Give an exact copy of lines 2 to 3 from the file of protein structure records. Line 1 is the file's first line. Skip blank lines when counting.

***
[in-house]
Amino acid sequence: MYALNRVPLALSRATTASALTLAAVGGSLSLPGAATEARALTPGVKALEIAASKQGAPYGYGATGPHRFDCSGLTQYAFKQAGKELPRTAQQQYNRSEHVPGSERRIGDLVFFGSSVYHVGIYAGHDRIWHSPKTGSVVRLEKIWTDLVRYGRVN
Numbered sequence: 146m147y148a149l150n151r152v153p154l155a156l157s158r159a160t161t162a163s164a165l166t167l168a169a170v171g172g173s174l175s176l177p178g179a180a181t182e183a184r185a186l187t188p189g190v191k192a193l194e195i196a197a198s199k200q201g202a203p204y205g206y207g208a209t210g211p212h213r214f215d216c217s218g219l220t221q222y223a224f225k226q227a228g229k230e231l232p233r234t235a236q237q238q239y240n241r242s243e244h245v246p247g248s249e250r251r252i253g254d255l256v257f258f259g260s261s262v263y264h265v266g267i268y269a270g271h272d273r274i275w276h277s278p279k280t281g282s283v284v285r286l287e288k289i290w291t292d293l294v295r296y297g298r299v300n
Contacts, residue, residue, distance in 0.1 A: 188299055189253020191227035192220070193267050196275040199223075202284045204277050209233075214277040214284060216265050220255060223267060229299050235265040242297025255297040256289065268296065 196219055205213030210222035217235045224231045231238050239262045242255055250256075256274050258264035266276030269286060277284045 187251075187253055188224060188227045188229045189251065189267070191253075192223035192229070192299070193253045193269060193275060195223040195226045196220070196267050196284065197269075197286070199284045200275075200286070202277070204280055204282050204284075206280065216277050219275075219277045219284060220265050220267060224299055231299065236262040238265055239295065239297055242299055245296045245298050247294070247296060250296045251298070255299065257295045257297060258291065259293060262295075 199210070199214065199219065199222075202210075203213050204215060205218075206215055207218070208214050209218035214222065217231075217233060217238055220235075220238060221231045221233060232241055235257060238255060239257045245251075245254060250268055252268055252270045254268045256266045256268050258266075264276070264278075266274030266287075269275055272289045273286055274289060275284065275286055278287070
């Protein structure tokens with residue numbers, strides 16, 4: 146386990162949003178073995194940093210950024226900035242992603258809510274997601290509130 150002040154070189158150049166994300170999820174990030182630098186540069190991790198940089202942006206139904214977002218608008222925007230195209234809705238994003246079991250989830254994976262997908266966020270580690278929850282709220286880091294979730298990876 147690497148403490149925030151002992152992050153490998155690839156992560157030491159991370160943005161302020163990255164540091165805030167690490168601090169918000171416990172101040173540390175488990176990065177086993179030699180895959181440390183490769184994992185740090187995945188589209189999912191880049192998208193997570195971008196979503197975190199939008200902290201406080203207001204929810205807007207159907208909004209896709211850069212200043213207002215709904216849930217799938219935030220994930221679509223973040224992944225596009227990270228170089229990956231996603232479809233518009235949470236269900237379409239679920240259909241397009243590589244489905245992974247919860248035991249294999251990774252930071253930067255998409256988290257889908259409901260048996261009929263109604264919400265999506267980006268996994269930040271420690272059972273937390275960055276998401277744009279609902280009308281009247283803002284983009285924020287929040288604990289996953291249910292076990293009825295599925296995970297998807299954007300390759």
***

Amino acid sequence: MYALNRVPLALSRATTASALTLAAVGGSLSLPGAATEARALTPGVKALEIAASKQGAPYGYGATGPHRFDCSGLTQYAFKQAGKELPRTAQQQYNRSEHVPGSERRIGDLVFFGSSVYHVGIYAGHDRIWHSPKTGSVVRLEKIWTDLVRYGRVN
Numbered sequence: 146m147y148a149l150n151r152v153p154l155a156l157s158r159a160t161t162a163s164a165l166t167l168a169a170v171g172g173s174l175s176l177p178g179a180a181t182e183a184r185a186l187t188p189g190v191k192a193l194e195i196a197a198s199k200q201g202a203p204y205g206y207g208a209t210g211p212h213r214f215d216c217s218g219l220t221q222y223a224f225k226q227a228g229k230e231l232p233r234t235a236q237q238q239y240n241r242s243e244h245v246p247g248s249e250r251r252i253g254d255l256v257f258f259g260s261s262v263y264h265v266g267i268y269a270g271h272d273r274i275w276h277s278p279k280t281g282s283v284v285r286l287e288k289i290w291t292d293l294v295r296y297g298r299v300n